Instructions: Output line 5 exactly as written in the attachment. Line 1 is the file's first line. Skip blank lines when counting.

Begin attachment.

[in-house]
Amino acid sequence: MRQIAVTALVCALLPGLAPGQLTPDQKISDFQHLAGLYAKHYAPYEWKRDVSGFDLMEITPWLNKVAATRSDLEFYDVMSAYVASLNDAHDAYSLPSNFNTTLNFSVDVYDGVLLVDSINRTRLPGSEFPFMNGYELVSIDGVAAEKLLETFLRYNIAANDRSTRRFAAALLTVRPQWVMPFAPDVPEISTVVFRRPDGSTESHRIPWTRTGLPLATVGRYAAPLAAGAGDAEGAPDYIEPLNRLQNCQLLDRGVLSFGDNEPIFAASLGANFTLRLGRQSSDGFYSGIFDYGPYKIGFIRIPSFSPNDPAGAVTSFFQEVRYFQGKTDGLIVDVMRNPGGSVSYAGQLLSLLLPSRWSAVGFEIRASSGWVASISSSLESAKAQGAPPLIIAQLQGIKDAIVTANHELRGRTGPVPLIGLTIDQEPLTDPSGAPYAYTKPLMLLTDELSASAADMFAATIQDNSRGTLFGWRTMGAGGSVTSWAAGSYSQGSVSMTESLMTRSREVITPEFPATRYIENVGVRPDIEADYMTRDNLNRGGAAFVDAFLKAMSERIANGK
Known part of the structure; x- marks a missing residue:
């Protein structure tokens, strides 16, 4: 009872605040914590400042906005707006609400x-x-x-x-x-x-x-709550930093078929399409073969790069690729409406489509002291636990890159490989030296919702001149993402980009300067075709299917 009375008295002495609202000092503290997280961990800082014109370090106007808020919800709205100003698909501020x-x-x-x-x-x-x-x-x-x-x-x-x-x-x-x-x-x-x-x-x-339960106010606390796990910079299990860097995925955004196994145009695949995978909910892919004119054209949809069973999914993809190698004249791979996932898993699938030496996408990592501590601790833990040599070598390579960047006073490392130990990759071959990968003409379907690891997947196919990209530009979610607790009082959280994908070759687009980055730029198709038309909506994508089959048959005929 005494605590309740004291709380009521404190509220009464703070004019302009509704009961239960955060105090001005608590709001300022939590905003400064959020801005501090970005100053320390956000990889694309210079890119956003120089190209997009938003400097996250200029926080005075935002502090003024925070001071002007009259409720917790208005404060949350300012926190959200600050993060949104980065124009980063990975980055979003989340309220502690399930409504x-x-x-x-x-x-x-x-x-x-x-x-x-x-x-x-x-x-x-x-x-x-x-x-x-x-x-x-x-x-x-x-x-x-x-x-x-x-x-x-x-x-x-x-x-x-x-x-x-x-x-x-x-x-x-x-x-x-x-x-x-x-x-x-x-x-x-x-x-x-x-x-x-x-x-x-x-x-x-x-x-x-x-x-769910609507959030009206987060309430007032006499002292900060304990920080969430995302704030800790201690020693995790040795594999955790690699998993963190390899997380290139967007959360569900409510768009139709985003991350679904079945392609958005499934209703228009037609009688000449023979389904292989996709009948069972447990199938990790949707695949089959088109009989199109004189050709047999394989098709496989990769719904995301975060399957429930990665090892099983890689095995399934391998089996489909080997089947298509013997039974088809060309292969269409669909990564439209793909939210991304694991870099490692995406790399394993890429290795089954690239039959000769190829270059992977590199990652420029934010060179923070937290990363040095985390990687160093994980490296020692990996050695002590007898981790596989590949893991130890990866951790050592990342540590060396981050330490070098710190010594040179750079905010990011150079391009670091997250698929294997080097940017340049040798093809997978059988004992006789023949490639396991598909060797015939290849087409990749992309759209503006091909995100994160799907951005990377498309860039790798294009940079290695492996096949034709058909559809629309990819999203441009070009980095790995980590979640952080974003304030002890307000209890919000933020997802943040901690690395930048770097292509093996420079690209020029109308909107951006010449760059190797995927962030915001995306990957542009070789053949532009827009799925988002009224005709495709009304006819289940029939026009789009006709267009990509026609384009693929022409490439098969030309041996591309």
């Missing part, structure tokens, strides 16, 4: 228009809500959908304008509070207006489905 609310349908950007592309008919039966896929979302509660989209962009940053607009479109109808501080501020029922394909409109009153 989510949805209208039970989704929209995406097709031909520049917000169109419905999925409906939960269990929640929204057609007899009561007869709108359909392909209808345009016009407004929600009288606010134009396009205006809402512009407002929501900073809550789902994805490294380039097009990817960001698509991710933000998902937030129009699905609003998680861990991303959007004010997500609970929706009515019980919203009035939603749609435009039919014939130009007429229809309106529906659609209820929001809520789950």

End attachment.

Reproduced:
């Missing part, structure tokens, strides 16, 4: 228009809500959908304008509070207006489905 609310349908950007592309008919039966896929979302509660989209962009940053607009479109109808501080501020029922394909409109009153 989510949805209208039970989704929209995406097709031909520049917000169109419905999925409906939960269990929640929204057609007899009561007869709108359909392909209808345009016009407004929600009288606010134009396009205006809402512009407002929501900073809550789902994805490294380039097009990817960001698509991710933000998902937030129009699905609003998680861990991303959007004010997500609970929706009515019980919203009035939603749609435009039919014939130009007429229809309106529906659609209820929001809520789950």